Thomas Bara pumps organ full of Bach, Brahms and Bruhns

Organist Thomas Bara held a master class on campus for Goshen College student organists and several Organ Club members on Friday. He then presented a recital in Rieth Recital Hall on Sunday.

The chairs in the hall faced away from the stage so audience members could gain a better view of the balcony where Bara sat at the organ. Chris Thogersen, assistant professor of music, was Bara’s registrant during the performance. Thogersen helped Bara pull out and push in the draw knobs.

Bara opened his recital with “Präludium in E minor” by Nikolaus Bruhns, followed by “Concerto in D minor (after Vivaldi),” composed by J.S. Bach (with Vivaldi in mind). Bara encouraged the audience to listen for Bach’s play on Vivaldi’s signature style, which is present in many of the concerti he wrote for his students – more simplified accompaniment written for younger students, and virtuosic solos written for Vivaldi’s more advanced students.

Bara added his own thoughtful responses and academic synopses about each piece and composer in between works. He described “Chorale Preludes from Orgelbüchlein” by J.S. Bach, as a “little organ book,” which resembled “teaching pieces,” similar to a “method book.”

The second to last piece entitled “Allegro Chorale and Fugue in D,” by Felix Mendelssohn-Bartholdy, was very rare, according to Bara. He said that until more recently, the piece “didn’t make the cut,” and somehow slid out of sight and out of standard repertoire for organists.

The finale, “Fantasy in F minor, K. 608” by W.A. Mozart, Bara described as, “perhaps a ‘holy grail’ for organists.” This was a technically difficult composition, which at times produced a style of sound similar to a string quartet, and at other times resembled elements from a piano concerto.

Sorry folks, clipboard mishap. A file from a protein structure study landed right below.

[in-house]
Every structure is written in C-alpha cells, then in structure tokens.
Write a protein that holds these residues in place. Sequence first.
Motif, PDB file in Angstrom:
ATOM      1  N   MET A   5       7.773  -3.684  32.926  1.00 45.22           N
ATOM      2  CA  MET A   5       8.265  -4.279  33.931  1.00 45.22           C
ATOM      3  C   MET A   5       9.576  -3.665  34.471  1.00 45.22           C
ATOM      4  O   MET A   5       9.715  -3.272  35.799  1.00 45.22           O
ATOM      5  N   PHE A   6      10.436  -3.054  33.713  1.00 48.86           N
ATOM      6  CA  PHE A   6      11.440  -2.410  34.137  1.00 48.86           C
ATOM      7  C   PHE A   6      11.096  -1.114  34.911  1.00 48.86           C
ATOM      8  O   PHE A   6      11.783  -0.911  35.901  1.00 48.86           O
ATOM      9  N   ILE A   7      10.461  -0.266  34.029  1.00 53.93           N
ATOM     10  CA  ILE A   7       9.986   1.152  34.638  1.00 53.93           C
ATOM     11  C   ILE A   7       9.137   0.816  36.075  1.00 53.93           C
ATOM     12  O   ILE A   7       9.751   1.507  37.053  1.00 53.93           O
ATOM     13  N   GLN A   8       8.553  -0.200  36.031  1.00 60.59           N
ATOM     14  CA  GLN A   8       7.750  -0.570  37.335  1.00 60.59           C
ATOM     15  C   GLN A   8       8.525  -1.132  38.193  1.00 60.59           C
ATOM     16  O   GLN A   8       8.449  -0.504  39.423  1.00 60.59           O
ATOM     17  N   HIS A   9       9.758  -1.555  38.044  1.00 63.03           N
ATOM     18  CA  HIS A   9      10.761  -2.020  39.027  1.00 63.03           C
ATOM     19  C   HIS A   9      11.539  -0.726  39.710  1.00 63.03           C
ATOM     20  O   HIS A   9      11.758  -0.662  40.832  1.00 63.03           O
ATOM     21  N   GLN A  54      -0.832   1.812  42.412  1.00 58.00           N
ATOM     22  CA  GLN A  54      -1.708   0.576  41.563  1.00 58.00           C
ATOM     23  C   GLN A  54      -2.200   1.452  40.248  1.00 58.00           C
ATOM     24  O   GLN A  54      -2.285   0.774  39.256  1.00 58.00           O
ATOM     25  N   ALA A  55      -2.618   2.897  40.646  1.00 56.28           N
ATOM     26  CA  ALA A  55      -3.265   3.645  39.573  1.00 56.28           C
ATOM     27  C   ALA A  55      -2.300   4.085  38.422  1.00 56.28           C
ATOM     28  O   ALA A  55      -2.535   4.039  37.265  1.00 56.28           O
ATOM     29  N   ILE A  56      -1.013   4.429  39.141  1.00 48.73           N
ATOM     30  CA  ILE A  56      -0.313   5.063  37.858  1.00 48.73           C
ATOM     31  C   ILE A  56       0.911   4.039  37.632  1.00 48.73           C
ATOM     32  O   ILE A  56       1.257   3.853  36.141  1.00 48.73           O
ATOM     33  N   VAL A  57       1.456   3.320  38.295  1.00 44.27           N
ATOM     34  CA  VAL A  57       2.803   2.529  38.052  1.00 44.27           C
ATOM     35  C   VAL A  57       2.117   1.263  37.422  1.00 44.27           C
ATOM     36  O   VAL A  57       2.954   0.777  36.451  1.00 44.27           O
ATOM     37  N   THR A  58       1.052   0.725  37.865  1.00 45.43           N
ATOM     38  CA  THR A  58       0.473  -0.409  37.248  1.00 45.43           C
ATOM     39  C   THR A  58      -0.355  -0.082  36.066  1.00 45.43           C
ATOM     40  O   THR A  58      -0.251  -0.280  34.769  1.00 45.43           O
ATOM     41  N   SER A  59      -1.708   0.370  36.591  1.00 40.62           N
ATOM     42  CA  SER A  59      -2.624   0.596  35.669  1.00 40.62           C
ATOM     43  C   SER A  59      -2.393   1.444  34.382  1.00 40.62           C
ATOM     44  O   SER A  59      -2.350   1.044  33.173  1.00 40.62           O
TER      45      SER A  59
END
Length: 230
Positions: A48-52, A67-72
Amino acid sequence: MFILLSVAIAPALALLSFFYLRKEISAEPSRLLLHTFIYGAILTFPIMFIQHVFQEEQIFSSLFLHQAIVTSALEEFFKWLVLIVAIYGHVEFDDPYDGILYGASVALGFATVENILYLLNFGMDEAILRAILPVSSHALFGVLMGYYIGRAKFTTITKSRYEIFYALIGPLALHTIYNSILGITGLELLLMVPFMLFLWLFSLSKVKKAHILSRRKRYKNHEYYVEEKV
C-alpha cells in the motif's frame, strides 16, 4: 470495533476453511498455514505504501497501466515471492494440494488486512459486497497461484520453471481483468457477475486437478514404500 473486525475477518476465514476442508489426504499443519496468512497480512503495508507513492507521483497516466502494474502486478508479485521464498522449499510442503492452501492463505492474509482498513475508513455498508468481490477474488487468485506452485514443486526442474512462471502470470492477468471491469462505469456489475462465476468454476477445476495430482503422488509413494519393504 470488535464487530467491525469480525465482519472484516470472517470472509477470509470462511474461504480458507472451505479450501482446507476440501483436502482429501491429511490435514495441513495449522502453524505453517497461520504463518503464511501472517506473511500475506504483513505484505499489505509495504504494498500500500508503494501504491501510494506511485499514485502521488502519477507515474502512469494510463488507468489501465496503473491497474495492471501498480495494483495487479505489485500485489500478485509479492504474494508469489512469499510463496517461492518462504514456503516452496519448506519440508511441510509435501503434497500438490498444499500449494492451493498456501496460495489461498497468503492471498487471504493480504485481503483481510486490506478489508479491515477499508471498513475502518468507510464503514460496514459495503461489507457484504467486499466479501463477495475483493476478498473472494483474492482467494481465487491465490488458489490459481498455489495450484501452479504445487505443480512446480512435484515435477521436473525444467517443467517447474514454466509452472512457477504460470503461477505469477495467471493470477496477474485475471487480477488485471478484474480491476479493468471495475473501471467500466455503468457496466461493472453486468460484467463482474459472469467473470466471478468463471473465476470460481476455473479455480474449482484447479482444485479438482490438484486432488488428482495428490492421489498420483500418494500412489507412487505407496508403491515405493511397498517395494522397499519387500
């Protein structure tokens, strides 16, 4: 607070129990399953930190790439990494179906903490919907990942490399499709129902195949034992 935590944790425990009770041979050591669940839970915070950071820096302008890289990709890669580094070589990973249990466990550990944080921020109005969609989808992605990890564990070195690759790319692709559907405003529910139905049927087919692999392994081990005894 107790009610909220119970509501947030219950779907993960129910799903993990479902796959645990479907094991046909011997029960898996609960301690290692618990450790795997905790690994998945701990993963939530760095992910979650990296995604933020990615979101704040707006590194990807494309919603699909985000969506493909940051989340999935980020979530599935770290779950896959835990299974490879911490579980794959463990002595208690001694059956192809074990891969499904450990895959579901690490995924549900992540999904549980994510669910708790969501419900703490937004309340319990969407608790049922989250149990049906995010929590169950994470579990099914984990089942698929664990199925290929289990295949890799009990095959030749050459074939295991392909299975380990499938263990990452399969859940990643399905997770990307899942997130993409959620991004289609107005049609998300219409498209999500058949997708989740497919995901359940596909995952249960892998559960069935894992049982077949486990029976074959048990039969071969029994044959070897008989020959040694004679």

Bara has clearly mastered the skill of performance but is also a teacher. He is currently the instructor of organ and class piano at his alma mater, the Interlochen Arts Academy and Arts Camp in Interlochen, Mich.

Bara attended the University of Michigan and Eastman School of Music. Following his undergraduate and graduate studies, Bara served as organ scholar at Saint Thomas Church and the Cathedral of Saint John the Divine in New York City, and as choirmaster at Central United Methodist Church in Traverse, Mich.

Elizabeth Beachy
Written by Elizabeth Beachy

Senior English Secondary Education major from Wellman, Iowa. I like really strong coffee. (I need really strong coffee.) I like real mail. In the summers, I work for my town newspaper The Wellman Advance and The Riverside Current. This means I do things like take photos of 4-H kids with their bunnies at the county fair, interview the local, newly hired nursing home director, or attend controversial city council or school board meetings. I get to learn all sorts of interesting things about my community. It's delightful!

1 Comment responses

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    January 29, 2009

    Well written Liz. You made it sound like it would have been interesting to attend. I liked that you included the quote about the “Fantasy” piece being a ‘Holy Grail’ for organists. I’m totally out of the loop of what would be hard/easy/fun for Organists, but this little blurb definitely gives me some ammo for Trivial Pursuit.

    -Mark

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